You can argue that four of Tennessee's opponents – UCLA, UAB, Auburn and Northern Illinois – are offensively challenged. You can argue that Florida was content to run the ball and burn the clock after its special-teams play produced a 17-0 first-quarter lead against the Vols.
Those are valid arguments, to be sure, but they don't change the fact that only four defenses in major college football have been stingier than Tennessee's.
Low-key as always, Chavis seems mildly pleased with his troops' performance to date.
"We felt like we would be really strong in the secondary, and that's kind of been the case," he said. "Our front is playing really well and we're really pleased the way some linebackers are playing, considering the experience we lost there. That was the biggest concern ... the experience we lost there (Jerod Mayo, Ryan Karl) and getting some people to play at that level.
"We felt like we could have a good, solid defense, and that's about where we are. We're not a dominating defense but we're a good, solid defense that's working hard to become better."
Tennessee struggled to stop the run in 2007 but seems to have resolved that issue in '08. The Vols rank No. 13 nationally, allowing just 90.6 rushing yards per game.
Is the Big Orange run defense really that much better than a year ago?
"That's hard to judge, considering the style of offenses that we've seen," Chavis said. "We've not seen anybody that's going to line up in an I-backfield and try to run it downhill on us the way Georgia will. We'll be tested this weekend. We'll know the answer to that a lot better after this week. It'll be a physical football game. That's the style they like to play."
The Bulldogs' ground game gets an added boost today with the return from injury of fullback Brannan Southerland, a bruising 6-0, 240-pound lead blocker.
"They're getting their fullback back, so they'll be a better running team than they've been thus far this season," Chavis said. "He's a tremendous player, and he means a lot to their offense in terms of them being able to run the football out of the I and do the things they want to do."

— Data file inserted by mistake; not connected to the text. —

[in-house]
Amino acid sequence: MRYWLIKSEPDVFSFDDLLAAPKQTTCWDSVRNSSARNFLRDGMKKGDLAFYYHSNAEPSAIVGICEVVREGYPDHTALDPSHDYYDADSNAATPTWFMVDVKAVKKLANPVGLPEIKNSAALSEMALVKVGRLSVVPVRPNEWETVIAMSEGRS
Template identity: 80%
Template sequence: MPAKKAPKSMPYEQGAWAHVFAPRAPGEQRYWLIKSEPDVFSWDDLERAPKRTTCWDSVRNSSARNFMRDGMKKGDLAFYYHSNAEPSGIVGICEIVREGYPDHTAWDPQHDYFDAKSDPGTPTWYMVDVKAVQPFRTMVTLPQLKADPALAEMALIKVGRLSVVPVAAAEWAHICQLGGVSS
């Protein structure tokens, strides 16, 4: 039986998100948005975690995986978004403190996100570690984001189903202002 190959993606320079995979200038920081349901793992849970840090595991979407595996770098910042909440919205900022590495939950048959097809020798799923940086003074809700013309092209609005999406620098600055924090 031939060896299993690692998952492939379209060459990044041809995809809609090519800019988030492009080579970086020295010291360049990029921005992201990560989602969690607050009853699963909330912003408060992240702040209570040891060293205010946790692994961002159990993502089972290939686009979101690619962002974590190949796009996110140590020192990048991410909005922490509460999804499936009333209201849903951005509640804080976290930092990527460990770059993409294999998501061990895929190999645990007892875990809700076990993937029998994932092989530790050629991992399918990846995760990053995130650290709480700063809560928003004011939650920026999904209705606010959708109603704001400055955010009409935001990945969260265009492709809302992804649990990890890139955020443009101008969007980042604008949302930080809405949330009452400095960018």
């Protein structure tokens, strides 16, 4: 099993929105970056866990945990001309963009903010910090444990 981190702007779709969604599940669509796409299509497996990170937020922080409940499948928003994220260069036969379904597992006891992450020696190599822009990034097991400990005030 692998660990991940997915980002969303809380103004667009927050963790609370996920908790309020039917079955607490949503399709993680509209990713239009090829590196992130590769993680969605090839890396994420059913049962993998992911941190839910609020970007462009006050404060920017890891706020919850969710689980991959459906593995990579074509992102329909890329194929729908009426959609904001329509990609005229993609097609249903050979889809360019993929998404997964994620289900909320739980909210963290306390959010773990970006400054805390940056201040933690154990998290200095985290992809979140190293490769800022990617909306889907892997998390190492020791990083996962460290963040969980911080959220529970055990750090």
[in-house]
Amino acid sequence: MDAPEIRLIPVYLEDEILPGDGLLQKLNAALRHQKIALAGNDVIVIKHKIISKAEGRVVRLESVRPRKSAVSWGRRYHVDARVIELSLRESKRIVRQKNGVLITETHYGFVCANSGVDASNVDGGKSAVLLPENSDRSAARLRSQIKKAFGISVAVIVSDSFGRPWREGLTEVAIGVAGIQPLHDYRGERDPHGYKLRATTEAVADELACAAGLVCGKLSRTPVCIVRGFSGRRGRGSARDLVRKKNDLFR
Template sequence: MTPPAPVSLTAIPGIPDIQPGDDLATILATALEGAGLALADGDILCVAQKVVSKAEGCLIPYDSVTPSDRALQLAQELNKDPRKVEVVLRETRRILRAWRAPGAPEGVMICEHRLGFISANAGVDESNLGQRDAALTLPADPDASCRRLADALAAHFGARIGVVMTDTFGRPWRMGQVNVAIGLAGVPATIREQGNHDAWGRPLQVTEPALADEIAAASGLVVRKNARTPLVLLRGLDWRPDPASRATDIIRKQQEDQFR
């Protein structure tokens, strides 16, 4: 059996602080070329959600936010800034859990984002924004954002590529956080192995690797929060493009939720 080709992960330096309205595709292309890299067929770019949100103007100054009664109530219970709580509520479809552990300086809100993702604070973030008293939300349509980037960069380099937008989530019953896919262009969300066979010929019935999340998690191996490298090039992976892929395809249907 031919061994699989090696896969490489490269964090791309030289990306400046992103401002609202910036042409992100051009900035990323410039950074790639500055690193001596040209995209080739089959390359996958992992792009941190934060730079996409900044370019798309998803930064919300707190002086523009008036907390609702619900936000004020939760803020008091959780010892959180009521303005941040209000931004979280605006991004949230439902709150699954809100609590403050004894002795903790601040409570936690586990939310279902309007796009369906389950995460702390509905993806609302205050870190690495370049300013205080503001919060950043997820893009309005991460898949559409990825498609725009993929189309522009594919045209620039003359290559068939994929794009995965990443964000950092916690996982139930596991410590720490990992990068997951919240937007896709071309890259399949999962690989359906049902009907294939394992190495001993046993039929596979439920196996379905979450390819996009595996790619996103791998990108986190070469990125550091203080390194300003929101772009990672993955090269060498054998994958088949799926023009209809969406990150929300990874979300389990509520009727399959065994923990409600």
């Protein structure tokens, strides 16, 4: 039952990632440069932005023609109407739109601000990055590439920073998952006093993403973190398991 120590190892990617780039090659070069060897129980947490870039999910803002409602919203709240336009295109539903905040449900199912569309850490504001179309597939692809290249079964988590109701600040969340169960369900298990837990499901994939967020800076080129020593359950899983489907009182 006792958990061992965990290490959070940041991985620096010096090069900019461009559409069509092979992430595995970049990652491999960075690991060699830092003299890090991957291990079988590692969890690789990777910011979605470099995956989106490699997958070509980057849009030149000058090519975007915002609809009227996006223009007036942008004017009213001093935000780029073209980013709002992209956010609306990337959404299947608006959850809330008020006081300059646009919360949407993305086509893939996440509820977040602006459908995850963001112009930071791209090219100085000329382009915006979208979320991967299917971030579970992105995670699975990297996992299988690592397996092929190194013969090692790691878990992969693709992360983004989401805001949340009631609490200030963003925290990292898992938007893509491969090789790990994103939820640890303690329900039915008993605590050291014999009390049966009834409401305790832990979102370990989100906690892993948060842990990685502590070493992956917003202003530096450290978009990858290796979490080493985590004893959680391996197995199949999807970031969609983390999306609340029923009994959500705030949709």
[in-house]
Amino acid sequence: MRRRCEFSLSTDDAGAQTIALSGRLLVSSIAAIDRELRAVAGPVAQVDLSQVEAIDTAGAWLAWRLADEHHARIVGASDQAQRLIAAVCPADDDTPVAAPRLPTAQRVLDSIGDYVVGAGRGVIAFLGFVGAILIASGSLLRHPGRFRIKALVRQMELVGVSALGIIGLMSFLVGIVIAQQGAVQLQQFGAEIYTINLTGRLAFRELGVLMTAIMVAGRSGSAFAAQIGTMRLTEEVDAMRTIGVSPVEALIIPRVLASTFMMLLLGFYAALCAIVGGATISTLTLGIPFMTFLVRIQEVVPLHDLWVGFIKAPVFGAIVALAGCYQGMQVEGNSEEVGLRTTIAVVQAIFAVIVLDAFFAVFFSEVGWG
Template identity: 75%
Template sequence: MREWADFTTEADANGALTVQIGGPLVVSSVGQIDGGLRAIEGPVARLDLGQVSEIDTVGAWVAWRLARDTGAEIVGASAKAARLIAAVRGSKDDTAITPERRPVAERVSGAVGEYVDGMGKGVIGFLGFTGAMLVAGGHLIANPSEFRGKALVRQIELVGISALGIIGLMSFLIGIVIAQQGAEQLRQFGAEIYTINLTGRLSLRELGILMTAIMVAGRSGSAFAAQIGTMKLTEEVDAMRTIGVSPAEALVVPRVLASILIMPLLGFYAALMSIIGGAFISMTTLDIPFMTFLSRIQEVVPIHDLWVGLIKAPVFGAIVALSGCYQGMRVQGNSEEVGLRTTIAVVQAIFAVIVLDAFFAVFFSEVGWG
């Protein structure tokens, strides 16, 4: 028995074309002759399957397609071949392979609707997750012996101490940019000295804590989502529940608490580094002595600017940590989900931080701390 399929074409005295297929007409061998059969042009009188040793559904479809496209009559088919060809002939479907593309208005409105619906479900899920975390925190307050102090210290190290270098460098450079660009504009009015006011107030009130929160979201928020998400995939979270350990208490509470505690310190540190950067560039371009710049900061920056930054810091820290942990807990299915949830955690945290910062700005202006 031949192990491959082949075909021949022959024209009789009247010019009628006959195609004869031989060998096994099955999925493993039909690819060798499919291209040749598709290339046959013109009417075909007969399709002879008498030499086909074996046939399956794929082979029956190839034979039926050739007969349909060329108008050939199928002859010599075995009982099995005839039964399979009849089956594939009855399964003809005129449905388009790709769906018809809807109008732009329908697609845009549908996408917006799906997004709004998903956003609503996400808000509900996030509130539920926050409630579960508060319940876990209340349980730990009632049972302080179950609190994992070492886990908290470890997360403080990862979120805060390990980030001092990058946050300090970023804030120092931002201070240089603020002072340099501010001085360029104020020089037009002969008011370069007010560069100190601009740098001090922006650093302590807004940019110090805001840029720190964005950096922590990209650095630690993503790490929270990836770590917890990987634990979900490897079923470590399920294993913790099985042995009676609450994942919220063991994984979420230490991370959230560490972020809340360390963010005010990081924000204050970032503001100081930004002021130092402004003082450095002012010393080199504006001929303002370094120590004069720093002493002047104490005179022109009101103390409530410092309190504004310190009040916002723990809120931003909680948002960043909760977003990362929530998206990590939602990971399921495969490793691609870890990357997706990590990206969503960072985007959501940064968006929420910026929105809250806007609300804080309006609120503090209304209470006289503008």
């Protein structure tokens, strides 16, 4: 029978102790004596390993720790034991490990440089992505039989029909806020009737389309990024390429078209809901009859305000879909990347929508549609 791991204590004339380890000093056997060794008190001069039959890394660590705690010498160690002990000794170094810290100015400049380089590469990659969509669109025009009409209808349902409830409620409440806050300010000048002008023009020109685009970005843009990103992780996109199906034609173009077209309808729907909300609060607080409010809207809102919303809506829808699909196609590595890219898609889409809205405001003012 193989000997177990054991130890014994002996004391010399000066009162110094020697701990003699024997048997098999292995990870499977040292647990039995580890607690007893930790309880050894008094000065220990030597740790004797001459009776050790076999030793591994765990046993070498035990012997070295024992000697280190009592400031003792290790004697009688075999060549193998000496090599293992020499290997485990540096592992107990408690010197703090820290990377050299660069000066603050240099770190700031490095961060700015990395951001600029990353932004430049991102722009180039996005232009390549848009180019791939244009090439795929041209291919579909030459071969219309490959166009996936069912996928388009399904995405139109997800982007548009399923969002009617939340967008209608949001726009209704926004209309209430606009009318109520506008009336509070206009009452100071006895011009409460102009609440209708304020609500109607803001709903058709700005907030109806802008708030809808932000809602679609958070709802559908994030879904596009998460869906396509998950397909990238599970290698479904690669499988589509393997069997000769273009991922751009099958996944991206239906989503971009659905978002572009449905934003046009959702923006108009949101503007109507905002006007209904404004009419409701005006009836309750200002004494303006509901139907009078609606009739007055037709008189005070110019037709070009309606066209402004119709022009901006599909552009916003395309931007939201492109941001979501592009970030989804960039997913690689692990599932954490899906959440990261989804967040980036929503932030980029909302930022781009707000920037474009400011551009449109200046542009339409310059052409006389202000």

Tennessee did not allow a touchdown in Game 2 vs. UAB or Game 5 vs. Northern Illinois. Given how much trouble the Vol offense has reaching the end zone, you wonder: Does Chavis coach any differently knowing his troops have so little margin for error?
"You might say, 'Hey, we're going to take a few more chances or we're going to be more aggressive,'" he said. "Our offense will get it going. I've seen a tremendous amount of improvement in them."
Whether Tennessee's offense is productive or not, Chavis' challenge is the same.
"The thing we've got to do is go get stops, get off the field," he said. "Right now our average possession on defense is a tad over 5 plays per possession. That's not where you need to be. You need to be in the mid-4s if you're playing really good defense and getting off the field. We need to get our average plays-per-possession down to give our offense more time to score and we need to make more big plays."
Since intercepting four passes in the first half of the opener at UCLA, Vol defenders have registered just five turnovers in the 4½ games since. Incredibly, they have yet to recover a fumble.
"We've done a great job of getting interceptions but we don't have a fumble recovery," Chavis conceded. "We haven't made that happen this year, and that's a big part of where we need to improve to play up to our level from a defensive standpoint."